While the lineup of Intel Core i-series 3000 "Ivy Bridge" microprocessor is not yet very broad, thanks to rapid ramp up of chip production at 22nm tri-gate process technology, they now account for a quarter of Intel's client central processing units (CPUs) shipments. In fact, the company believes that the ramp up of Ivy Bridge is the fastest in the company's history.
"Our technology and manufacturing group once again delivered fantastic results. Our 22nm process health is ahead of where out 32nm [process health] was at the same point in its ramp, and ahead of our own plans. That enabled us to ramp up Ivy Bridge to nearly a quarter of our PC volume, our fastest ramp ever," said Paul Otellini, chief executive officer of Intel, during the quarterly conference call with financial analysts.
It is not a secret that Intel has had a aggressive plan to transit five of its fabs to 22nm process technology in 2011 - 2012 timeframe. In particular, the company has either upgraded or is about to do so its D1D (Oregon), D1C (Oregon), Fab 13 (Arizona), Fab 32 (Arizona) and Fab 28 (Israel) production facilities to the new manufacturing process. As a result, it was relatively easy for Intel to quickly ramp up production using leading-edge manufacturing technology quicker than in cases of 32nm or 45nm, where the company only had two or three advanced fabs that made products using latest technologies.
According to the world's largest chipmaker, with Core i "Ivy Bridge" accounting for around 25% of central processing units for desktops and laptops [in Q2] and with "less than half of its inventory" being Ivy Bridge chips, it is likely that the market share of 22nm chips will increase significantly in the third quarter. In fact, Intel expects to double the volume of Core i 3000-series "Ivy Bridge" products in its shipments in Q3 2012.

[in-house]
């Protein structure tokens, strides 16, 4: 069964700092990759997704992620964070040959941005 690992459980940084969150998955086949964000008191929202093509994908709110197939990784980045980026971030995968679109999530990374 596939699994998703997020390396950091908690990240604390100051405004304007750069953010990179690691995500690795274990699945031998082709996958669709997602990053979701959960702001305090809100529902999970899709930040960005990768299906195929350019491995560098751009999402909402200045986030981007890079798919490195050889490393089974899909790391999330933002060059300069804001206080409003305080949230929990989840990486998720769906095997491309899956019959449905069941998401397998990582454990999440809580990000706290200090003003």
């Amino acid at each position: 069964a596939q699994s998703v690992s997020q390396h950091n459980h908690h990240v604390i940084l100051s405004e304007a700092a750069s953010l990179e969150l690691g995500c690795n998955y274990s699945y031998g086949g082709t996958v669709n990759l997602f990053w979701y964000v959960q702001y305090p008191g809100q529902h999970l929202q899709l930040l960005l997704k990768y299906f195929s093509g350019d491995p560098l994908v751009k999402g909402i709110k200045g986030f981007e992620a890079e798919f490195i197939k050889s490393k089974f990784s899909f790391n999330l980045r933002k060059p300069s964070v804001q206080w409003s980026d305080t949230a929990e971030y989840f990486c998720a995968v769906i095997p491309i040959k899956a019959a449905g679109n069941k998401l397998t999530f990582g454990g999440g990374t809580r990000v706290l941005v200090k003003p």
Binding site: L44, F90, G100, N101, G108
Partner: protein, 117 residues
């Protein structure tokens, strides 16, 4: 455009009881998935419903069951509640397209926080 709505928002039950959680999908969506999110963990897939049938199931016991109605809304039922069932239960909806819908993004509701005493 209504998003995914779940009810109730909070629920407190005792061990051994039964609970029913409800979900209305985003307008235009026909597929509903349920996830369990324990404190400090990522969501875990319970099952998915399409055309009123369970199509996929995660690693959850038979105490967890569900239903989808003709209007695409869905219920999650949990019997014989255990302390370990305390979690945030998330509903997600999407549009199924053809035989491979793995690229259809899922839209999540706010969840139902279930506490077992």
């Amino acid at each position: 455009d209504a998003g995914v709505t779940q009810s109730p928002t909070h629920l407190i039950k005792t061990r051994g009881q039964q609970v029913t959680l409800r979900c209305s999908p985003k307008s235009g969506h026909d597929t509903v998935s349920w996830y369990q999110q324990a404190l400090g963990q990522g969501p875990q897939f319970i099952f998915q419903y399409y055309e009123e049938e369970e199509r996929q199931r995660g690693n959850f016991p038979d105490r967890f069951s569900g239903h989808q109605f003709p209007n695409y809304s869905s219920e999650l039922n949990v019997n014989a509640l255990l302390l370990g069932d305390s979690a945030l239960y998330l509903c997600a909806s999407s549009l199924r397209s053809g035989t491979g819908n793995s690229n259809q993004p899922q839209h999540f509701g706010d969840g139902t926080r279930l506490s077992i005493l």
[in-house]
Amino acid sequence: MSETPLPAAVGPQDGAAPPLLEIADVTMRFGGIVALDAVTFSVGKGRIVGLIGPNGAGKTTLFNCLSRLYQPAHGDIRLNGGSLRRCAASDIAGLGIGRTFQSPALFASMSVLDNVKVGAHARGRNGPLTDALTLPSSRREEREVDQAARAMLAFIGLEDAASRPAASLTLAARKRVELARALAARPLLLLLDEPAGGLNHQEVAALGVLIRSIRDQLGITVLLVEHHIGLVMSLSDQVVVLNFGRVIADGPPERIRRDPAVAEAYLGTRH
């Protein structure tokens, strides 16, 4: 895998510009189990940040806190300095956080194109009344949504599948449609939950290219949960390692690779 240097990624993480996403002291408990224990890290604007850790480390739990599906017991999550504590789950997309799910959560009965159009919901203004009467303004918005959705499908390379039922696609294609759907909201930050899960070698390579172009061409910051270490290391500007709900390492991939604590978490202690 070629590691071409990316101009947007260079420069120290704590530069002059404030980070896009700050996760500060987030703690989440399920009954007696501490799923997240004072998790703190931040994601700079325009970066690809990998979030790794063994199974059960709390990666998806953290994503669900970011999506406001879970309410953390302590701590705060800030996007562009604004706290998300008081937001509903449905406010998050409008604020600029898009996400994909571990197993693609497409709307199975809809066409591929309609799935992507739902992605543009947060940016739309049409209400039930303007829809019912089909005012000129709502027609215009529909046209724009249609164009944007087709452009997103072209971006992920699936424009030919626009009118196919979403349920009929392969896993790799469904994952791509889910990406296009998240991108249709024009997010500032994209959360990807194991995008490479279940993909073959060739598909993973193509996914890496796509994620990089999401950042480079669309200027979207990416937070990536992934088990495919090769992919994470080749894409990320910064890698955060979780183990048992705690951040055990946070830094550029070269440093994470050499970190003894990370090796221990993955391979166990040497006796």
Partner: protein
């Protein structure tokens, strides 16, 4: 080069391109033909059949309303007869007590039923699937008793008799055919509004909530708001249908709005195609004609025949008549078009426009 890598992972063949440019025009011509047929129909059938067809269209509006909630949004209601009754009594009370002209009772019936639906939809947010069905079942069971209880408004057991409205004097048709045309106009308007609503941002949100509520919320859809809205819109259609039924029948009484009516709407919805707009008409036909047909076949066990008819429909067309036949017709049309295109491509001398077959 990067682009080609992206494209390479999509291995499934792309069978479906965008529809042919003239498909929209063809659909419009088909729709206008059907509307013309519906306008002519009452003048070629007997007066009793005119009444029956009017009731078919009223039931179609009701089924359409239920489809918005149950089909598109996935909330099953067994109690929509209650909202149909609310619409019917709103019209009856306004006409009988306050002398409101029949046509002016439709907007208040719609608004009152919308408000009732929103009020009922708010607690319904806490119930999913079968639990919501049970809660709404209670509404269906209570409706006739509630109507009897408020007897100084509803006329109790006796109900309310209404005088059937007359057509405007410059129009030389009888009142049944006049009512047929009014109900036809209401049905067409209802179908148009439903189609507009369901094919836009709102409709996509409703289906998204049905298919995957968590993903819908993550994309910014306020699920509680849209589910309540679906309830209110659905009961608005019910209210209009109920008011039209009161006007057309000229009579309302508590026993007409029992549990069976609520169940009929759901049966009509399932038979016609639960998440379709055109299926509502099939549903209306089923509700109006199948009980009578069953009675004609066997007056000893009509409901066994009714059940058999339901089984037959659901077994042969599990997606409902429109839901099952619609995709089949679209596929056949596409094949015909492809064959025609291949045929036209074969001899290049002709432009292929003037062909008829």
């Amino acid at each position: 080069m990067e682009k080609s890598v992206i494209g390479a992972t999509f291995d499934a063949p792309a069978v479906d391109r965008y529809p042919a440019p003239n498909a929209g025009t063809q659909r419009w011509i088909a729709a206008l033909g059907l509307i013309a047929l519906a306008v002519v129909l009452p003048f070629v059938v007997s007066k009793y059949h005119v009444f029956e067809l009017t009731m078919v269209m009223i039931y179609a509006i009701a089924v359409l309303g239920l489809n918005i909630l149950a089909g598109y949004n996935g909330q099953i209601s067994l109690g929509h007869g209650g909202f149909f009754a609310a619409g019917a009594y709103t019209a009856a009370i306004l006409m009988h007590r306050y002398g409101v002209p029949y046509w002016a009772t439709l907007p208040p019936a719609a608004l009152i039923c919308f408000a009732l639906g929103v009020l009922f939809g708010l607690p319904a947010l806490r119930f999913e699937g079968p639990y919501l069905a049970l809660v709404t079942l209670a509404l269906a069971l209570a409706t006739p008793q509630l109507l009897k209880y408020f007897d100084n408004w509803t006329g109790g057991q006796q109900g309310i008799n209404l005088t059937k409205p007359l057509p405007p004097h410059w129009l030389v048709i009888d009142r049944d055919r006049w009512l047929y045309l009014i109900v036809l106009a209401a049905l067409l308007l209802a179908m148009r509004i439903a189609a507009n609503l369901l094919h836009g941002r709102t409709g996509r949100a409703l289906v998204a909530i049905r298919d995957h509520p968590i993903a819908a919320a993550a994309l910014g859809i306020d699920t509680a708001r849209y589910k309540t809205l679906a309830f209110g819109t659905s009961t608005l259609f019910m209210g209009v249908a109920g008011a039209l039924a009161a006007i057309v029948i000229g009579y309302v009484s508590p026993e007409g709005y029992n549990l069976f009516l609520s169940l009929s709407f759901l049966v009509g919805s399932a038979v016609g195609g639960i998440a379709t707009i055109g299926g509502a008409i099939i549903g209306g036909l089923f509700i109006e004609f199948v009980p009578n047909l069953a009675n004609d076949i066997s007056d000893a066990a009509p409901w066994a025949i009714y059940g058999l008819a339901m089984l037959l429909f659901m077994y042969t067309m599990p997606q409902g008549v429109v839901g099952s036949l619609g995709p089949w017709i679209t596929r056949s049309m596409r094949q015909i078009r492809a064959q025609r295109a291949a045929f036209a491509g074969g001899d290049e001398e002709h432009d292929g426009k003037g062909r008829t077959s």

It is important to note that since products that come from factories at early stages of ramp up typically cost more to make than products that are manufacturer at later stages. Therefore, in the third quarter Intel will enjoy both higher volumes of Ivy Bridge as well as lower costs. On the one hand, this will boost profit margins for Intel, on the other hand it will allow the chipmaker to be more flexible in terms of pricing.
"As we move into Q3, we have the phenomenon where cost comes down rapidly on Ivy Bridge, which was about a quarter of our volume in Q2 and we are going to more or less double that volume in Q3. [Hence, keeping in mind] this phenomenon where cost come down, but the volume doubles, I see some cost good news in Q3, it is between half a point to a point, and then I get more cost good news in Q4, as that ramp starts to flatten out a bit," said Stacy Smith, chief financial officer of Intel.